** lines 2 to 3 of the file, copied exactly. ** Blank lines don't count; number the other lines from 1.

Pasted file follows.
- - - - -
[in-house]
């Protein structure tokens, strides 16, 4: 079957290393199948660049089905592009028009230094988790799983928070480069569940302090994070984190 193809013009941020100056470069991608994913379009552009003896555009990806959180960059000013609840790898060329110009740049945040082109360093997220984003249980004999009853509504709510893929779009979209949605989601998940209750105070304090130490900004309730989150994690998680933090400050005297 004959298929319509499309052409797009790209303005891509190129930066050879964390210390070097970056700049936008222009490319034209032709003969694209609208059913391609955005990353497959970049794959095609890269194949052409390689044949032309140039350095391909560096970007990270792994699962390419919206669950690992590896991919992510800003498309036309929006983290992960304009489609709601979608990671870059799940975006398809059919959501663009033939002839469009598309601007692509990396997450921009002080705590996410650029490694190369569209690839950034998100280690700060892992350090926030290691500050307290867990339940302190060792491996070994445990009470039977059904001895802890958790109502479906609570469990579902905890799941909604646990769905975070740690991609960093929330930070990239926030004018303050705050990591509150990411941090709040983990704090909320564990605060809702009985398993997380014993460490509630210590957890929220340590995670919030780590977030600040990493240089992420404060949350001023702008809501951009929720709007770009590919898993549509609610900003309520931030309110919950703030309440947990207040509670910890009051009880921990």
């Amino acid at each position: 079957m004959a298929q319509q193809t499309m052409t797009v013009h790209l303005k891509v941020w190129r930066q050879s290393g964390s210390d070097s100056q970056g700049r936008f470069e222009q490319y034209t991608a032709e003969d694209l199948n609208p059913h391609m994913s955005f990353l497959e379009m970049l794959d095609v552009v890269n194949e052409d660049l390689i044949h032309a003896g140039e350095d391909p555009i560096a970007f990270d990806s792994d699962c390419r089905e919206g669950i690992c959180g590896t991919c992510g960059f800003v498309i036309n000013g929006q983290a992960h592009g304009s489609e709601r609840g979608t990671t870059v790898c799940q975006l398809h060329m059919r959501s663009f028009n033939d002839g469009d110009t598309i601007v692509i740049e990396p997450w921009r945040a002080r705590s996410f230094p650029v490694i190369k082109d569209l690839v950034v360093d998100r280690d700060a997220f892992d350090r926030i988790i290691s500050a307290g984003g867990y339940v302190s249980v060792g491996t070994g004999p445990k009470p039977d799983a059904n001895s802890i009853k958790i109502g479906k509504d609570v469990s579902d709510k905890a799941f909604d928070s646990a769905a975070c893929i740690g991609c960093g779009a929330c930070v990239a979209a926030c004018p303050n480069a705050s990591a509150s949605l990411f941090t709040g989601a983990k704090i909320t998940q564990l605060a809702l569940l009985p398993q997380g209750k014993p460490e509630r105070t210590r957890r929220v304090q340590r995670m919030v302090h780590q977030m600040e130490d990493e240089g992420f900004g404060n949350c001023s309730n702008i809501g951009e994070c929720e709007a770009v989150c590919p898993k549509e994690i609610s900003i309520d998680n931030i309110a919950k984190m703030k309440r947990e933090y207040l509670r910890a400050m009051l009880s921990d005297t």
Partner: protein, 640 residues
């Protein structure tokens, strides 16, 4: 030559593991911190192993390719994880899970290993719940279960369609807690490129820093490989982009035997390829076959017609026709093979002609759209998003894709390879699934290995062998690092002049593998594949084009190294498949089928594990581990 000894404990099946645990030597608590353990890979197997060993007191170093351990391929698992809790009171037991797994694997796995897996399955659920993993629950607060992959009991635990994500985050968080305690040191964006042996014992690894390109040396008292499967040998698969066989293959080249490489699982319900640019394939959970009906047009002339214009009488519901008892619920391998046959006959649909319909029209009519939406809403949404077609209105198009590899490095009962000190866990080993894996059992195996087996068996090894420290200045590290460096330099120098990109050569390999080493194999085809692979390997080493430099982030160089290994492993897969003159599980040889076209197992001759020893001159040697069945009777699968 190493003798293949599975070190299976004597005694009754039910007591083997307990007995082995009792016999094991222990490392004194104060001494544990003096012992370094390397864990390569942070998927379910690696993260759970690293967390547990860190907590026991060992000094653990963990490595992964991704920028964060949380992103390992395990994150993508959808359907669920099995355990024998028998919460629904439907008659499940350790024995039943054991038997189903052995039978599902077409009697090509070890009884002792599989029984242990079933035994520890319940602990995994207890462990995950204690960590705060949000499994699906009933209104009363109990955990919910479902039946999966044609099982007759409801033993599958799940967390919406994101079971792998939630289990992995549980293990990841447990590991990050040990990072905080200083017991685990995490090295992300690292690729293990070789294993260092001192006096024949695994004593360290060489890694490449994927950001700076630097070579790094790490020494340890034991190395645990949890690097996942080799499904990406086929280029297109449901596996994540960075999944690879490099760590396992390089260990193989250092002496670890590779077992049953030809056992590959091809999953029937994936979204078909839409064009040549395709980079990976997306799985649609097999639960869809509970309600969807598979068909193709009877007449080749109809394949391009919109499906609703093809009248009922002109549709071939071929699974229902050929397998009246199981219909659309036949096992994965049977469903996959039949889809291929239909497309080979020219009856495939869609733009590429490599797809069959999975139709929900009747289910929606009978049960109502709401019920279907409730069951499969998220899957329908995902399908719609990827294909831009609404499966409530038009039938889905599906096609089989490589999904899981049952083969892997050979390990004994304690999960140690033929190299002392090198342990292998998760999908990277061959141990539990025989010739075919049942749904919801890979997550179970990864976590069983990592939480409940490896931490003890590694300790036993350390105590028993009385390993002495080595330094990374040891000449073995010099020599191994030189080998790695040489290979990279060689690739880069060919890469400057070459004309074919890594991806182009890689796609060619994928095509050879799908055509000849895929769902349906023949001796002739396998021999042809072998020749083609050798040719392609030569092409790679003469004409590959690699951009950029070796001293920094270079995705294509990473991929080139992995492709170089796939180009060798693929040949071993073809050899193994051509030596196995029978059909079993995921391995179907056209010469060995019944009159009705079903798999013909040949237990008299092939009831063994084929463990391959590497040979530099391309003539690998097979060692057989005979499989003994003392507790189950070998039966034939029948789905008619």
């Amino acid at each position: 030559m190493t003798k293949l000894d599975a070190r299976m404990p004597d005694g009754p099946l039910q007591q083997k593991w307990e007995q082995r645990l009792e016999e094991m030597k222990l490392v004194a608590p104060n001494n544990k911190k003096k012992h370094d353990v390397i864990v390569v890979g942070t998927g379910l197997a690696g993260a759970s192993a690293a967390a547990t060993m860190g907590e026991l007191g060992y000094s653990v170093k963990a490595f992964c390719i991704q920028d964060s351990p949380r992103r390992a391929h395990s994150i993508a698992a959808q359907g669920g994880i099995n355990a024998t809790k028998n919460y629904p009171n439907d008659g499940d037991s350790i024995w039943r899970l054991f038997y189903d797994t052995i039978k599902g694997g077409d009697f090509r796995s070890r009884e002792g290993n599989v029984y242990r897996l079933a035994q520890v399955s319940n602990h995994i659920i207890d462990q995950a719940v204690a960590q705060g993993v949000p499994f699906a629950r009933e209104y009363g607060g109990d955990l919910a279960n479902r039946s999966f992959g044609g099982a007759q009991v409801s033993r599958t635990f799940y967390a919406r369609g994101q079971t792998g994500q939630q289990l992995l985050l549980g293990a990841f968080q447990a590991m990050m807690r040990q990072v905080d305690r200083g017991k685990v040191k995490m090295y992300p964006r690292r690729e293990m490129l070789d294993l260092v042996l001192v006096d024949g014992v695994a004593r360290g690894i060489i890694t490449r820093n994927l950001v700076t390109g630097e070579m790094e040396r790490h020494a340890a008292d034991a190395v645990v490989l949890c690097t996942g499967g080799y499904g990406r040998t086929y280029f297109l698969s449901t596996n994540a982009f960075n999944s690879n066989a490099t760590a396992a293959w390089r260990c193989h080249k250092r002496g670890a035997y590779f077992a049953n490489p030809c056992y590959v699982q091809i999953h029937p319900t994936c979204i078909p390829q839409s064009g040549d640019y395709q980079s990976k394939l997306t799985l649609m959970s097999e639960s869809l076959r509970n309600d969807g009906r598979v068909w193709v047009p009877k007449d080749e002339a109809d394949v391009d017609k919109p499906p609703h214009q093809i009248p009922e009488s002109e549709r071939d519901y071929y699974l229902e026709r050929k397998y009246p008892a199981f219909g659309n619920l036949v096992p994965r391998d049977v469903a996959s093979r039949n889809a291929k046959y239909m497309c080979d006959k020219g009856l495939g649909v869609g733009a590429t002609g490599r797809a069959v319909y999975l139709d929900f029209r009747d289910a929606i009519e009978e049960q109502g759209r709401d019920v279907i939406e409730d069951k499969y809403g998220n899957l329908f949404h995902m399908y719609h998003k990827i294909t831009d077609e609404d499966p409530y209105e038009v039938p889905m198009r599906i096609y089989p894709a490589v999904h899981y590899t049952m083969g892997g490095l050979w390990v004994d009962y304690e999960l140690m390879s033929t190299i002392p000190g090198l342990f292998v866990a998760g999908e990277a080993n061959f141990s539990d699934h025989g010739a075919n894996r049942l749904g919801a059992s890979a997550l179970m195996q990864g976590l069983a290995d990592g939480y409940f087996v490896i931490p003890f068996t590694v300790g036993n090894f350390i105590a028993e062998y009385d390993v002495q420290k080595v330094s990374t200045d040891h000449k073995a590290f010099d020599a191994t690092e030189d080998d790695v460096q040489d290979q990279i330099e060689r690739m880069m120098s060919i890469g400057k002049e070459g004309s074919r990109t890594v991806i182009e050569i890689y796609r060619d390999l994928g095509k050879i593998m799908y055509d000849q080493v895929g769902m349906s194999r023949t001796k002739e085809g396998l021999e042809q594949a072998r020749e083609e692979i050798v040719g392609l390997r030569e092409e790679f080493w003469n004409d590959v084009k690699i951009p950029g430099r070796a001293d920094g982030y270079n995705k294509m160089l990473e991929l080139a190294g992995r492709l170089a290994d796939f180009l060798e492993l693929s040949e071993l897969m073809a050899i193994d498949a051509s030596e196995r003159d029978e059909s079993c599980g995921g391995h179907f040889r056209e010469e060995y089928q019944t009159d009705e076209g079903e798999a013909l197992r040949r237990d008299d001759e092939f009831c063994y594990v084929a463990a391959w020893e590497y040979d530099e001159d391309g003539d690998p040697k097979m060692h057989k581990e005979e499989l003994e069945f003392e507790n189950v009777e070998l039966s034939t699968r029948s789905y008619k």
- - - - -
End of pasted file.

């Protein structure tokens, strides 16, 4: 079957290393199948660049089905592009028009230094988790799983928070480069569940302090994070984190 193809013009941020100056470069991608994913379009552009003896555009990806959180960059000013609840790898060329110009740049945040082109360093997220984003249980004999009853509504709510893929779009979209949605989601998940209750105070304090130490900004309730989150994690998680933090400050005297 004959298929319509499309052409797009790209303005891509190129930066050879964390210390070097970056700049936008222009490319034209032709003969694209609208059913391609955005990353497959970049794959095609890269194949052409390689044949032309140039350095391909560096970007990270792994699962390419919206669950690992590896991919992510800003498309036309929006983290992960304009489609709601979608990671870059799940975006398809059919959501663009033939002839469009598309601007692509990396997450921009002080705590996410650029490694190369569209690839950034998100280690700060892992350090926030290691500050307290867990339940302190060792491996070994445990009470039977059904001895802890958790109502479906609570469990579902905890799941909604646990769905975070740690991609960093929330930070990239926030004018303050705050990591509150990411941090709040983990704090909320564990605060809702009985398993997380014993460490509630210590957890929220340590995670919030780590977030600040990493240089992420404060949350001023702008809501951009929720709007770009590919898993549509609610900003309520931030309110919950703030309440947990207040509670910890009051009880921990």
């Amino acid at each position: 079957m004959a298929q319509q193809t499309m052409t797009v013009h790209l303005k891509v941020w190129r930066q050879s290393g964390s210390d070097s100056q970056g700049r936008f470069e222009q490319y034209t991608a032709e003969d694209l199948n609208p059913h391609m994913s955005f990353l497959e379009m970049l794959d095609v552009v890269n194949e052409d660049l390689i044949h032309a003896g140039e350095d391909p555009i560096a970007f990270d990806s792994d699962c390419r089905e919206g669950i690992c959180g590896t991919c992510g960059f800003v498309i036309n000013g929006q983290a992960h592009g304009s489609e709601r609840g979608t990671t870059v790898c799940q975006l398809h060329m059919r959501s663009f028009n033939d002839g469009d110009t598309i601007v692509i740049e990396p997450w921009r945040a002080r705590s996410f230094p650029v490694i190369k082109d569209l690839v950034v360093d998100r280690d700060a997220f892992d350090r926030i988790i290691s500050a307290g984003g867990y339940v302190s249980v060792g491996t070994g004999p445990k009470p039977d799983a059904n001895s802890i009853k958790i109502g479906k509504d609570v469990s579902d709510k905890a799941f909604d928070s646990a769905a975070c893929i740690g991609c960093g779009a929330c930070v990239a979209a926030c004018p303050n480069a705050s990591a509150s949605l990411f941090t709040g989601a983990k704090i909320t998940q564990l605060a809702l569940l009985p398993q997380g209750k014993p460490e509630r105070t210590r957890r929220v304090q340590r995670m919030v302090h780590q977030m600040e130490d990493e240089g992420f900004g404060n949350c001023s309730n702008i809501g951009e994070c929720e709007a770009v989150c590919p898993k549509e994690i609610s900003i309520d998680n931030i309110a919950k984190m703030k309440r947990e933090y207040l509670r910890a400050m009051l009880s921990d005297t």